Working Without A Crystal Ball

Note: I think this post may be interesting to anyone creating, investing in, or distributing games (regardless of whether or not they are Xbox Live Arcade games.) However, I needed to ramble through some seemingly tangential stuff to make my point. Please bear with me. :-)

XBLA portfolio management is a complex thing… I’m one part cat-herder, one part traffic cop, one part talent scout, and one part “quality control.” (The latter part is especially tricky… who wants to be the guy who turned down Katamari because “the art was weak”, or one of the eight publishers who turned down Harry Potter because “the writing could use polish.”) I approach these roles with a healthy dose of humility (and even anxiety), knowing that at any moment I could become “the moron who turned down [fill in the blank].” Unfortunately, the longer I hold this position, the more likely that becomes!

Trying not to be a moron

So I’ve put systems in place to hopefully help reduce the risk of my own tastes (or lack of vision) from polluting the portfolio. I can’t really discuss the details, but they include a sort of “wisdom of crowds” feedback loop, in which indie submissions are screened and rated by a group of my colleagues within Microsoft (who are asked NOT to discuss the submissions with each other before rating them — mainly to avoid group-think.) The wisdom of crowds can make my forecasts more accurate, and it can help compensate for any subconscious biases I have. Unfortunately, what I don’t believe it can do is help me identify future mega-hits (i.e. “the next Geo Wars“.)

Our marketing team can’t help with that, either. But first (for all you marketing haters out there), let the record show that XBLA’s two most experienced marketing people have regularly out-predicted the rest of the “experts” on the team (myself included) when it comes to sales of upcoming titles. Unfortunately, they stumble where everyone else does… attempting to predict the truly big winners. Were my job to simply build a portfolio of generally-successful revenue-earners, I would hand over the reins to marketing and go on extended vacation. But Microsoft needs more than that… it needs a diverse portfolio that appeals to consumers of all types, innovative content that (hopefully) inspires the industry, appealing IP, and last but not least, mega-hits that encourage consumers to buy more Xbox 360s!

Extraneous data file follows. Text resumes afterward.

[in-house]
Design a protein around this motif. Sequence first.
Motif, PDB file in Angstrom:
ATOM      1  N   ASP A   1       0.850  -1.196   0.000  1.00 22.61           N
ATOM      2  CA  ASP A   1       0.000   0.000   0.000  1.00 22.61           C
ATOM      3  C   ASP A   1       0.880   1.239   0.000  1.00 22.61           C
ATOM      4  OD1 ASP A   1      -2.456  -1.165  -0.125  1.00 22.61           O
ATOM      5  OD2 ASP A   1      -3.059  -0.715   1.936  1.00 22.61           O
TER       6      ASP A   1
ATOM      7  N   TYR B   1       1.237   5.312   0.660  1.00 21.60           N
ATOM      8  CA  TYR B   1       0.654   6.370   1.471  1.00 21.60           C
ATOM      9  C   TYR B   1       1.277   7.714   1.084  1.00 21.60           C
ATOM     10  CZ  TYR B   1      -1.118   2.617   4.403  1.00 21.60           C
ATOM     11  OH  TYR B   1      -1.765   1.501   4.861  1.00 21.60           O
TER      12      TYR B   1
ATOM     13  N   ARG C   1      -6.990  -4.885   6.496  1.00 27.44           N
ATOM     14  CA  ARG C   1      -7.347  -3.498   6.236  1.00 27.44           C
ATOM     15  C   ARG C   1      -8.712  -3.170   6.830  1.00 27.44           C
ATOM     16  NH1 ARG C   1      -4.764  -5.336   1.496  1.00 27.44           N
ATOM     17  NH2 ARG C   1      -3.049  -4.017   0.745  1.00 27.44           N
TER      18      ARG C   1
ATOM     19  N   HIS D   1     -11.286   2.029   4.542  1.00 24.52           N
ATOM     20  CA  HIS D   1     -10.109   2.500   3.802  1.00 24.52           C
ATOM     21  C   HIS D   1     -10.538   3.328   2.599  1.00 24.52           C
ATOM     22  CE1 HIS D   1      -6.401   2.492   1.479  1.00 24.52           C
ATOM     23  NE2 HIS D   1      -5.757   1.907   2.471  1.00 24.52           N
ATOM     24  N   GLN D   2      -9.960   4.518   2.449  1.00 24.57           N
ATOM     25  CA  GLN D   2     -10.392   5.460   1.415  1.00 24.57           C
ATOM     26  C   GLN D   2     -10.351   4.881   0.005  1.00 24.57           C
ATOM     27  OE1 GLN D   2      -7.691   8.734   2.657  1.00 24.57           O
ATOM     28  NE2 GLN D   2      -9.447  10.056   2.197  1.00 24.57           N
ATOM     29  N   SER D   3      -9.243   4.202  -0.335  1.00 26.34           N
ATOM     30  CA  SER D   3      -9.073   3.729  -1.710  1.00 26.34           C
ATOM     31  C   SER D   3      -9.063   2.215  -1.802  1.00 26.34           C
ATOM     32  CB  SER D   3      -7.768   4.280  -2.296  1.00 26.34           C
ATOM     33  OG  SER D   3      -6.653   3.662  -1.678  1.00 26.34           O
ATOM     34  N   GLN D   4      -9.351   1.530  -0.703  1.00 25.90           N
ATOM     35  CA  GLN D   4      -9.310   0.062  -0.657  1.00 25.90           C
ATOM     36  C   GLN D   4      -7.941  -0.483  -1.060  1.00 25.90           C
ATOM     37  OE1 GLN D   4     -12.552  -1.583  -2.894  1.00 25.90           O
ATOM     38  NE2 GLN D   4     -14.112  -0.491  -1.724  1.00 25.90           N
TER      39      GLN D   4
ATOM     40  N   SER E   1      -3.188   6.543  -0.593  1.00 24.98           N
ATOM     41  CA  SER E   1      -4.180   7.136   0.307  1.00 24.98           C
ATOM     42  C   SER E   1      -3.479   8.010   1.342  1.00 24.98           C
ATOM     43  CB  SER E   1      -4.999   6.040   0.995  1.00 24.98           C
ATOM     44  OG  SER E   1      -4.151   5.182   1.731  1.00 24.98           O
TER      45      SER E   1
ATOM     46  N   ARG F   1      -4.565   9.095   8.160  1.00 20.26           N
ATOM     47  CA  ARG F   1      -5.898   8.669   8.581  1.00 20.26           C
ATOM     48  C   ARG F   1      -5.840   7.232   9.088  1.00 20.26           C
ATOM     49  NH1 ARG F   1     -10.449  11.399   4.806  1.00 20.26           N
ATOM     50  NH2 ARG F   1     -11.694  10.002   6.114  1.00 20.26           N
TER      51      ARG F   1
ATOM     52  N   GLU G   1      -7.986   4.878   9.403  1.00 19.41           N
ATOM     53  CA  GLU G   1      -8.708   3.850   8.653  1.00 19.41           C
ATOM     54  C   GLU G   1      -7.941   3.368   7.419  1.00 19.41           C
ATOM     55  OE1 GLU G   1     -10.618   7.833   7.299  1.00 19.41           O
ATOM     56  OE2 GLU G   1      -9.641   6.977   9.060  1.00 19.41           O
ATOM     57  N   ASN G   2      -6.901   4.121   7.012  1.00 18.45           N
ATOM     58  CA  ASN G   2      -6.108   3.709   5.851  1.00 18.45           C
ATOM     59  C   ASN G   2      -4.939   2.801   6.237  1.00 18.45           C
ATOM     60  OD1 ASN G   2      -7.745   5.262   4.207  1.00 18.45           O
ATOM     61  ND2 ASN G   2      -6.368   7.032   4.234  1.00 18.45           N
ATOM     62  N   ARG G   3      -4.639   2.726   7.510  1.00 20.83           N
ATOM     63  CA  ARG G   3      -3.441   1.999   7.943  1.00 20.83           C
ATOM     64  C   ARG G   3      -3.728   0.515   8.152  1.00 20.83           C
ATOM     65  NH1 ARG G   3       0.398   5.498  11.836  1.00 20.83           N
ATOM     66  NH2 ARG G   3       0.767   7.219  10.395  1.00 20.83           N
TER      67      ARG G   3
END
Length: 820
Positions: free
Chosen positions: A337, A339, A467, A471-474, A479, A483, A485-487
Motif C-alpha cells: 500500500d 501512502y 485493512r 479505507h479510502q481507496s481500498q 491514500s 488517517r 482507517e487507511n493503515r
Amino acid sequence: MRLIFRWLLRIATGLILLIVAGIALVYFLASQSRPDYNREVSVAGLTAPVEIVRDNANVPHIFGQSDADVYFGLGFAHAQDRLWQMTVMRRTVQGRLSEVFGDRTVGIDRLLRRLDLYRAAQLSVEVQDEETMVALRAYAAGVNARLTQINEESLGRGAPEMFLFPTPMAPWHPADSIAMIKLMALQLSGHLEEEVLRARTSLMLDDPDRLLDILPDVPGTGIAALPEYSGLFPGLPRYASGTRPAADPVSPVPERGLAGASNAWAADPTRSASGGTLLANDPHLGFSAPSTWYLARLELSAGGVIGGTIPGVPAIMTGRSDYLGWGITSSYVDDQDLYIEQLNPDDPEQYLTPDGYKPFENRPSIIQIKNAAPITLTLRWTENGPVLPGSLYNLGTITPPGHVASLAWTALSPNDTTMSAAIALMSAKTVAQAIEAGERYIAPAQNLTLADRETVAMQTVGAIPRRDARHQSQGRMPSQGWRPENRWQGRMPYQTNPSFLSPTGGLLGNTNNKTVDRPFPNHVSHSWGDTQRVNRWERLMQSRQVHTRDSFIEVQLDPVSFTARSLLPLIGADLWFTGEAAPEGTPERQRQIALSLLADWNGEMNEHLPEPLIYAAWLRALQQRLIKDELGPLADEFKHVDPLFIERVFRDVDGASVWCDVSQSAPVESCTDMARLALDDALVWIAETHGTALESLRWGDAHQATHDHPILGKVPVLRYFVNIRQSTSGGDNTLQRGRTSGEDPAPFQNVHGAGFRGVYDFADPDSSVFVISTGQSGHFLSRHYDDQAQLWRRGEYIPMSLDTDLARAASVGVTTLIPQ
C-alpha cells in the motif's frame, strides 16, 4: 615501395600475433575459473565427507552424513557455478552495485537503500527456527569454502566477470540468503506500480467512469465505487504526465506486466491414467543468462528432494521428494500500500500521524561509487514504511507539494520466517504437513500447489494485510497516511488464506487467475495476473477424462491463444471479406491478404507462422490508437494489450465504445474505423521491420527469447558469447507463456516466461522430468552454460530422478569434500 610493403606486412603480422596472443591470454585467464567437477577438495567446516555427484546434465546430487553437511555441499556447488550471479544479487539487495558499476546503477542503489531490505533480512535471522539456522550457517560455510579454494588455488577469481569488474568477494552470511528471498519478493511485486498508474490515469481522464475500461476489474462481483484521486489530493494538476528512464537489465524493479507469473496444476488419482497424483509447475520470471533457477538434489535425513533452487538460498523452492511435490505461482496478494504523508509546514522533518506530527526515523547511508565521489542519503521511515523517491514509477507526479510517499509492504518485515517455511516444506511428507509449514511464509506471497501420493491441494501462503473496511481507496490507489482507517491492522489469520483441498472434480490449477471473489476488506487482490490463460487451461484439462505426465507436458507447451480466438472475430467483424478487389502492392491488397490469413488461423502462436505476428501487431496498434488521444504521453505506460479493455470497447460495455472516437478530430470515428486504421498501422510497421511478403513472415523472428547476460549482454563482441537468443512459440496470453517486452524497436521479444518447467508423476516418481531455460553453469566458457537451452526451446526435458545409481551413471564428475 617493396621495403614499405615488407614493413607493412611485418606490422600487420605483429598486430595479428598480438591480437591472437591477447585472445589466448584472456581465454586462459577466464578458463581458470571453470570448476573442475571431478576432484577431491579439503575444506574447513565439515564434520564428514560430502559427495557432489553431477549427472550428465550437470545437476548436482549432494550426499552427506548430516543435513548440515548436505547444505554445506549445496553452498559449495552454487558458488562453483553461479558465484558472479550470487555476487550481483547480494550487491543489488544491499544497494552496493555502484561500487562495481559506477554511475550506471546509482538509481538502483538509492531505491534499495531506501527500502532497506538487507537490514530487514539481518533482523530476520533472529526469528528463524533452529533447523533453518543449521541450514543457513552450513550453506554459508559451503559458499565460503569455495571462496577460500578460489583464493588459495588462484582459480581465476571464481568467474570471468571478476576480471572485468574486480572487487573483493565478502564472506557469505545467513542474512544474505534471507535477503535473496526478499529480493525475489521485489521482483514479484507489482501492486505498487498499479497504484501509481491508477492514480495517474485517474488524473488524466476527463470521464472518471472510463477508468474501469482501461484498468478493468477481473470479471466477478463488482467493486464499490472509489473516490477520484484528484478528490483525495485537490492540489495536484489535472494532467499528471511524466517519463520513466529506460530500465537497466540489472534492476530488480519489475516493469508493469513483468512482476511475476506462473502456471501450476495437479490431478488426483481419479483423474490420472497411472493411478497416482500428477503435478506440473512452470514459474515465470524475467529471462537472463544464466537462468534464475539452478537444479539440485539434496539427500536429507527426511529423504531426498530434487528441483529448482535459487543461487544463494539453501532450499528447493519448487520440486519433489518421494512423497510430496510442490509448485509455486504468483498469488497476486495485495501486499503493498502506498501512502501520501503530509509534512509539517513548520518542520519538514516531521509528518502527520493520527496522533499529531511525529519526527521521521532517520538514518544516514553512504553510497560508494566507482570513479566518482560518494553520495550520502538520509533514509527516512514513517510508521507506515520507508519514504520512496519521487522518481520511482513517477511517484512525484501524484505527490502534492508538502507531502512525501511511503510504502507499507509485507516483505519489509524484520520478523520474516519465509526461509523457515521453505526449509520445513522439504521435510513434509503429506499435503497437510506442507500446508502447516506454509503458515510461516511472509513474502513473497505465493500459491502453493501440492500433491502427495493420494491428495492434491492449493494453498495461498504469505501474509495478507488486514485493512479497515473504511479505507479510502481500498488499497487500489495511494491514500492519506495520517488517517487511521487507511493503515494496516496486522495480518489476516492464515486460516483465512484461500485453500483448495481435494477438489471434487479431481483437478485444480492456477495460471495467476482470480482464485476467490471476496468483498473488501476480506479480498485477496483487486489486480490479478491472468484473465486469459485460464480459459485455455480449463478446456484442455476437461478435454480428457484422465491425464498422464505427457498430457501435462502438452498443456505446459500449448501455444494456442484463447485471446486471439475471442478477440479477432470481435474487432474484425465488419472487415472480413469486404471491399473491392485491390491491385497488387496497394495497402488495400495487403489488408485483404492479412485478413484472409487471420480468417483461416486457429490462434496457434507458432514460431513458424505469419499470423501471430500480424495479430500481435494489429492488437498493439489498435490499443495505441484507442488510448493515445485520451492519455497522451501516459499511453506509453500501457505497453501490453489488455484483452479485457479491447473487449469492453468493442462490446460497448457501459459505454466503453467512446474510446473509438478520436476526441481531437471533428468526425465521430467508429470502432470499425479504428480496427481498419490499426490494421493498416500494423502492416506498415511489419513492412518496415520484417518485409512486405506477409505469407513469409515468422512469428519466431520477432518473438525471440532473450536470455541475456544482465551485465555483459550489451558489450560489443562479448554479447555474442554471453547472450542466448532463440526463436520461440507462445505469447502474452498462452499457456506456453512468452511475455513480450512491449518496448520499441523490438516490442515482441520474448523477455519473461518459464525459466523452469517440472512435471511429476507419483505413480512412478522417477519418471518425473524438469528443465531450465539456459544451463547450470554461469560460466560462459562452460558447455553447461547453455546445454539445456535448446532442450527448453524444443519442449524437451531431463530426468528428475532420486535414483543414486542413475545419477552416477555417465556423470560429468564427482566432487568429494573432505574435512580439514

Luck vs. Madden

Unfortunately, I simply don’t believe it’s possible to (reliably) predict original mega-hits, which is precisely why companies like EA have focused so strongly on franchises like Madden and Harry Potter in the past. Riding a mega-hit is far safer than trying to predict one. There are boatloads of research that back up this assertion; the most recent report that caught my eye was in my articles of interest a few months ago. A quote from that report:

Intrinsic “quality,” which we measured in terms of a song’s popularity in the independent condition, did help to explain success in the social-influence condition. When we added up downloads across all eight social-influence worlds, “good” songs had higher market share, on average, than “bad” ones. But the impact of a listener’s own reactions is easily overwhelmed by his or her reactions to others. The song “Lockdown,” by 52metro, for example, ranked 26th out of 48 in quality; yet it was the No. 1 song in one social-influence world, and 40th in another.

Music, like games, can be filtered by objective criteria that nearly everyone agrees upon (for example, I hereby bet that a song consisting of primarily nails on a chalkboard and cats screaming will never become a commercial success.) But once you get past those basic principles, marketing and public whim rule the day.

Improving your odds (or, “how to do something other than Madden”)

So, if you believe all this to be true, what’s the solution? One obvious answer: more content! Place more bets, even if it means spending less per bet. (Here’s an HBR article, focused on the research I referred to earlier, which argues for just this.)